Beyond that … well, from a workplace standpoint, it’s really up to them to decide if they want to change something here or not. From a more general legal standpoint, many jurisdictions have laws about liability when dogs bite, and you might want to check into that — although when you’re at that point that you’re trying to press charges against your boss, it’s really time to get yourself out of that environment and into a new job.

Which it’s time to do here anyway. Dog issues aside, working somewhere highly dysfunctional will do no favors for your quality of life or your career.

Wednesday, April 23rd, 2014 03:00 pm

Posted by Ask a Manager

Given how many bad boss stories we read here, one question that comes up often is how to avoid these bosses before you ever start working for them. What are the signs you can watch for an interview that will tell you that you’d be working for a person who will make your life miserable?

Today at AOL Jobs, I talk about eight ways to learn more about the manager you’d be working for — and how to avoid the bad ones. You can read it here.

Wednesday, April 23rd, 2014 10:52 am
Anybody here in the Boston area interested in a sheep=shearing festival this weekend in Waltham? It sounds like it might be interesting, and even if it's not there's a decent used bookstore/coffeeshop in town.
Wednesday, April 23rd, 2014 09:19 am
I've done something to my right leg. I have no idea what. I just know that, in certain positions, something tugs really hard on my heel, painfully so. I suspect it's one of the muscles in my calf. Unfortunately, trying to stretch those is one of the things that really, really hurts. It feels like something might give that shouldn't. If this goes on, I'll probably have to see my doctor and request physical therapy. Scott massaged my calf last night. He said it's really knotted up.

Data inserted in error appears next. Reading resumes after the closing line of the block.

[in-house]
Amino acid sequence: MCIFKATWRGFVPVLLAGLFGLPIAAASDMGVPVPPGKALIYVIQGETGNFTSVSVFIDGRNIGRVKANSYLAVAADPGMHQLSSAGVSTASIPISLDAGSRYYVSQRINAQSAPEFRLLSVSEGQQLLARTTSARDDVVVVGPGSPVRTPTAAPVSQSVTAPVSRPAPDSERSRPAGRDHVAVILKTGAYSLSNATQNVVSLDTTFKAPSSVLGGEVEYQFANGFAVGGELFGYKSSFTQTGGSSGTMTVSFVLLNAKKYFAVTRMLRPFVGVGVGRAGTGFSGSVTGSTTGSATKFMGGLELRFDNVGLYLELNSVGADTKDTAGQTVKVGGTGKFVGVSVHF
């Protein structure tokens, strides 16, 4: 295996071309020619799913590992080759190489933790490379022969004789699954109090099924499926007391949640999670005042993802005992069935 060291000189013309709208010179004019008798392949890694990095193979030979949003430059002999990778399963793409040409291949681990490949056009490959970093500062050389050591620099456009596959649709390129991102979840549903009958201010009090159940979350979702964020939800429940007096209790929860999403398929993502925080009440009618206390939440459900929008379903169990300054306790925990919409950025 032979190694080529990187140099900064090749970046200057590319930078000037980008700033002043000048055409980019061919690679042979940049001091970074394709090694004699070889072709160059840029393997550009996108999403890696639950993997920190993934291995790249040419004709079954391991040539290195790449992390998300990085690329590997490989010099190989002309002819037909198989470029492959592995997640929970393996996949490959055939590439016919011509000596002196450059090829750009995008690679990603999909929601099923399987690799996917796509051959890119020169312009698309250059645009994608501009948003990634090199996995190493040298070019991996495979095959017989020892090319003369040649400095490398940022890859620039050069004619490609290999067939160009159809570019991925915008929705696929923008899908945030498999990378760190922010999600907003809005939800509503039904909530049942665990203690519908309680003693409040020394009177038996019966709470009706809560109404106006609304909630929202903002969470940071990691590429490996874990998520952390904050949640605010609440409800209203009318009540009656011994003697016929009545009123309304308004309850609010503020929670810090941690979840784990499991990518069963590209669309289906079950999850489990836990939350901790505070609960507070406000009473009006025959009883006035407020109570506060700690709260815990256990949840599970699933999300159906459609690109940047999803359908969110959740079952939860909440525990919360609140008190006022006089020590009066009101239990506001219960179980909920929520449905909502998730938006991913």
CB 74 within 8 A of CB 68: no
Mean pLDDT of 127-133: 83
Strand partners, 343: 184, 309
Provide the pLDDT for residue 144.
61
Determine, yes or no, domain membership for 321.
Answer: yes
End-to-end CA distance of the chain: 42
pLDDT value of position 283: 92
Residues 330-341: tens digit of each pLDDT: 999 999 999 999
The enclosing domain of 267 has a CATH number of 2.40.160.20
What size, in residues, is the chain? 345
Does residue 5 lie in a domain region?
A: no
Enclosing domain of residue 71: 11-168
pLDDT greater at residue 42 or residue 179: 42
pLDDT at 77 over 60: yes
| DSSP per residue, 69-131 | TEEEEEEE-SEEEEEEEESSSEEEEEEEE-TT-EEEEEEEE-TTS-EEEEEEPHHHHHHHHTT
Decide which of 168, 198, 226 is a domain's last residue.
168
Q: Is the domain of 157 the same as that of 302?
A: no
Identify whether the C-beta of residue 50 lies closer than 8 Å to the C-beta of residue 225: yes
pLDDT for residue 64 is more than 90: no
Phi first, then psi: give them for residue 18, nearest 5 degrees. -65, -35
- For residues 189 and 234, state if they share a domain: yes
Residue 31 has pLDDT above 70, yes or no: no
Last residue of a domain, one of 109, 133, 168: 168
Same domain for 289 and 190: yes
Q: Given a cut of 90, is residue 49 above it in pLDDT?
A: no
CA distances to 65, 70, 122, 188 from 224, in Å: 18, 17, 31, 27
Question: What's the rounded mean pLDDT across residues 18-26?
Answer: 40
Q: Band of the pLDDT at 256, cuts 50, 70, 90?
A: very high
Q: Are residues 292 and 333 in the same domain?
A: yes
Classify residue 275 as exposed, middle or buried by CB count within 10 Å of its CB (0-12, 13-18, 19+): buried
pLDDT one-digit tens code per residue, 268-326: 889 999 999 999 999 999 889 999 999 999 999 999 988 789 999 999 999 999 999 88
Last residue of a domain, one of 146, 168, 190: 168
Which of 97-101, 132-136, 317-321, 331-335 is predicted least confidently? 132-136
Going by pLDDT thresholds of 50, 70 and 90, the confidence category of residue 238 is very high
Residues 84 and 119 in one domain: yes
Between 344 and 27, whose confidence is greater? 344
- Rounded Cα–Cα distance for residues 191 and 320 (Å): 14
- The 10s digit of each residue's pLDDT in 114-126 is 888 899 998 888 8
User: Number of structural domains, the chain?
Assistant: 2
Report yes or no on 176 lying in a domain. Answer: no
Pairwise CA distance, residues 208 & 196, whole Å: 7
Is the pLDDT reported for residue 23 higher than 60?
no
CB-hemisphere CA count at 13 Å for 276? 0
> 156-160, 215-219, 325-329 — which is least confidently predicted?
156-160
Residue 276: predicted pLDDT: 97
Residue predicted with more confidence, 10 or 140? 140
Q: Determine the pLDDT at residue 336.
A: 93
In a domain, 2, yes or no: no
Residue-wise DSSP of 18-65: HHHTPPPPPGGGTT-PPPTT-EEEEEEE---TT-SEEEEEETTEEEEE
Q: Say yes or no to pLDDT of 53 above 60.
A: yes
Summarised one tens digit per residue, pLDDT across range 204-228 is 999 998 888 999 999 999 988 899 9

My Remix story is not going well so far. I'm not sure I've started it in the right place. I don't have other ideas for where to start it, however, so I'm going to persevere with what I've got so far. I don't have time to mess around much. I wish I had somebody with whom to do writing sprints/word wars. Those really help me make progress. I need to check the Remix community to see when the story is due. It's due soon. I know that much. I just don't have the definite date in my calendar for some reason.

Cordelia is being difficult. She wants to do things with friends, but she leaves it up to me to decide which friend and invite them over. She won't even suggest people. I mean I don't know all of her friends. How am I supposed to know who she wants to play with? This time, there's something at the Hands-On Museum, and she says she'll only go if someone she knows and likes is going. She refused to offer any names. I'm not willing to guess on this one. She's going to have to take some responsibility.

I hope we don't run into this problem over her birthday party. We're coming up on time to invite people, and she'll have to pick seven or eight kids to invite. (She can only invite seven if she wants the group to be able to play Telestrations, and I think she does want that. Well, I suppose we could get her the expansion set for her birthday. I think that goes up to twelve players. We'll see.)
Tags:
Wednesday, April 23rd, 2014 08:56 am
And in two months it's summer vacation, and I can't wait. I've hit the point where I am done with the school year.

~~~~~~~~~~~


For Many Americans, 'Temp' Work Becomes Permanent Way of Life

http://nbcnews.to/1lEFsGE

U.S. Army paratroopers are arriving in Poland on Wednesday as part of a wave of U.S. troops heading to shore up America's Eastern European allies in the face of Russian meddling in Ukraine.

Pentagon press secretary Rear Adm. John Kirby said an initial contingent of about 600 troops will head to four countries across Eastern Europe for military exercises over the next month.

http://fxn.ws/1f2HjXu

Despite unprecedented pressure to start swapping the holy books they so assiduously study for the M-16 of the Israeli army, the ultra-Orthodox young men at the Hebron Yeshiva, or religious seminary, are planning to stick to their lives of learning and prayer. They're holding out against plans to draft them into the military and the workforce, and to turn them into adherents of the Zionist, or Jewish nationalist, ideology on which the Israeli state is based.

http://ind.pn/1i3V1YC

Forget smashing your old iBook Office Space-style. Just send it back to Apple, and if it isn’t ancient, you could get some sweet sweet store credit. Even if it is ancient, Apple will recycle it for you.

http://bit.ly/1gQUZj8

Things Got Awkward For A Coca-Cola Lawyer At The Supreme Court